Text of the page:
Author Jan Bondeson frowns on 'Nazi superdog' claims

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The cover of Jan Bondeson's Amazing Dogs - A Cabinet of Canine Curiosities
Image caption,
Jan Bondeson spent five years researching his book, Amazing Dogs

An academic believes "Nazi superdog" press coverage has trivialised his study of the history of the partnership between man and his canine best friend.

Amazing Dogs: A Cabinet Of Canine Curiosities, by Jan Bondeson, of Cardiff University, has attracted international publicity.

One section outlines Nazi research into breeds' intelligence and personalities.

But he disputes claims attributed to him that Nazis experimented with super-intelligent "canine stormtroopers".

Dr Bondeson said a somewhat surprising aspect of Nazi philosophy was their commitment to animal welfare and advancement.

"It is certainly true to say that Nazi Germany had a higher regard for animal, and particularly dog welfare, than they did for the rights of many humans," he said.

"They were ardent anti-vivisectionists, and their laws against animal cruelty were amongst the strictest ever seen."

Dr Bondeson said that was part of their "murky philosophy" which contained a key concept that there was "a good bond between the human being, nature and society".

Codes of barking

A rise in schools of animal psychology in the 1930s was encouraged by the Nazis, and Hitler in particular, and their potential military use examined.

"But that's a million miles away from the press claims - which get taller by the day - that the Nazis had a legion of talking, machine-gun-toting hounds, on the point of being unleashed on the allies".

As part of his five-year research for the book, Dr Bondeson visited Berlin and studied long-forgotten Nazi-era scientific journals, which he said were often intentionally overlooked

There were many fascinating accounts of dogs able to perform incredible feats of talking, spelling out words, having conversations via codes of barking, and even debating philosophy, religion and poetry.

However none of these could be achieved consistently, and none could be replicated in other dogs.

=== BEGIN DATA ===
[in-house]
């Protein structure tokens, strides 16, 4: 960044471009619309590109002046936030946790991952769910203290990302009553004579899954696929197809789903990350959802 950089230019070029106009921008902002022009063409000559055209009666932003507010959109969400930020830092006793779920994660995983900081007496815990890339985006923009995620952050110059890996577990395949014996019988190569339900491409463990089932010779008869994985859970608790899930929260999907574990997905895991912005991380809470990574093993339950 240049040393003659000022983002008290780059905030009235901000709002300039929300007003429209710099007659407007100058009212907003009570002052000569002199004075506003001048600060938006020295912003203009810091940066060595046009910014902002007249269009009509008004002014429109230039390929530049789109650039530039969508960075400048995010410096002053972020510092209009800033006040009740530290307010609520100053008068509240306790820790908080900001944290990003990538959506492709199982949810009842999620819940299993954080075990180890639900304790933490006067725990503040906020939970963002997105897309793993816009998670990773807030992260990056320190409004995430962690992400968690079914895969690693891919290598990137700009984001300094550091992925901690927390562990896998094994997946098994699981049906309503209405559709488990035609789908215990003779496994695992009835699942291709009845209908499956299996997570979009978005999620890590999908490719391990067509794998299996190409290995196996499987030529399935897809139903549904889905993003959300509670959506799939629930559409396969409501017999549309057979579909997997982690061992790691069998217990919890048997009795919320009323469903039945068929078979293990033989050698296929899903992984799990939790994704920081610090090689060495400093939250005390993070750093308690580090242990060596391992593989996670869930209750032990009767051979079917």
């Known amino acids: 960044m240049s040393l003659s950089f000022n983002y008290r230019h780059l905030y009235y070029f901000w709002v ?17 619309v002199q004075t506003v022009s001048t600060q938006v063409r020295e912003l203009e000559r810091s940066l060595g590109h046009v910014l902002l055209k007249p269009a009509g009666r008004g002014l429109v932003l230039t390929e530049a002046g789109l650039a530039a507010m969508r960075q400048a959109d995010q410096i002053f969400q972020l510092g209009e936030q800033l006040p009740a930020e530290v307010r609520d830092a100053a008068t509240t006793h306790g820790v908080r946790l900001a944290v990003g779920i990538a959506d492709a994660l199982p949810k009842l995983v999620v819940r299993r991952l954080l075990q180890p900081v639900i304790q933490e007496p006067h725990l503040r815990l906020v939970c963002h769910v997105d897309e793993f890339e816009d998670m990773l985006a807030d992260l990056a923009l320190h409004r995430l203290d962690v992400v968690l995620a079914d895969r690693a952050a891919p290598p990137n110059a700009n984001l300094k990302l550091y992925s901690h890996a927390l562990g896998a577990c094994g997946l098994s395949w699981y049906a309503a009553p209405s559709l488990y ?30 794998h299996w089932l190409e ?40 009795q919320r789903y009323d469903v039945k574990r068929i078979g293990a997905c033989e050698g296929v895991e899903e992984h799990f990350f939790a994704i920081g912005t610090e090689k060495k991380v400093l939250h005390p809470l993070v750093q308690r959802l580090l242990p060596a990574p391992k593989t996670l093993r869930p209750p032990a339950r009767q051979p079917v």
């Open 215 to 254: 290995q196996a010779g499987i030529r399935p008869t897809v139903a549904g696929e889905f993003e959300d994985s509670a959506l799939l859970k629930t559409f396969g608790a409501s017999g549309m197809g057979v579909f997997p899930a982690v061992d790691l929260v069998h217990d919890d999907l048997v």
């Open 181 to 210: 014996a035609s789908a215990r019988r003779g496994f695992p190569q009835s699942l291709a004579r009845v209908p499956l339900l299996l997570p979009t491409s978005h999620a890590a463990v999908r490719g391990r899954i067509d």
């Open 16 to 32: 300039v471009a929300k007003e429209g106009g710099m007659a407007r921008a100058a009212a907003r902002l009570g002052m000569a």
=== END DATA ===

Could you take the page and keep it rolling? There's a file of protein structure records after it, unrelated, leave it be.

The part of his book which Dr Bondeson believes press coverage has chosen to ignore is his explanation of the powerful nature of the so-called "clever Hans effect".

"I'm sure that the Nazi generation of animal psychologists genuinely thought they'd tapped into a hidden innate intelligence within many animals."

"More recent research has however revealed that what they thought were dogs and horses communicating via pointing to letters or barking in code, were in fact examples of the clever Hans effect; a horse who responded to almost microscopic cues from their owner, in order to please them with the desired response."

"It's very easy but entirely wrong to mock their findings, as the film footage appears extremely compelling. Dogs in particular have an innate need to please their pack leader, and will go to almost any lengths to achieve this.

Brain response

"It's only with the advent of sophisticated camera technology which can detect eye contact - and electrodes which measure brain response to stimulation as opposed to original thought - that we can prove categorically the existence of the Clever Hans phenomenon."

However, more recent studies have given new credence to the notion of dogs with advanced levels of intelligence.

Dr Bondeson outlined the case of Betsy, a border collie who, in 2002, was able to respond consistently accurately to more than 340 separate words.

In addition, she could identify 15 people by name, and select the correct toy from a two-dimensional drawing, even if she had not seen either the photo or the toy before.

"It's clear dogs have levels of intelligence entirely separate to, and well beyond, any test we can devise to measure it. You only have to look at the way in which they've adapted from wild animals to become entirely comfortable in domestic human surroundings to see the truth of that."

"The mistake generations of humans have made is to try and attribute human values and measures to canine intelligence."

"The question is maybe one of motivation. Dogs seem to respond to the need to eat, the need to ingratiate themselves with their pack, and in response to danger."

"Within those confines, there are limitless accounts of dogs' ingenuity, but they sadly don't appear to have humans' ability for imagination and abstract thought."

Dr Bondeson says he ia too busy working and travelling to own a dog himself at the moment, but would love to have a Newfoundland when he retires to his native Sweden.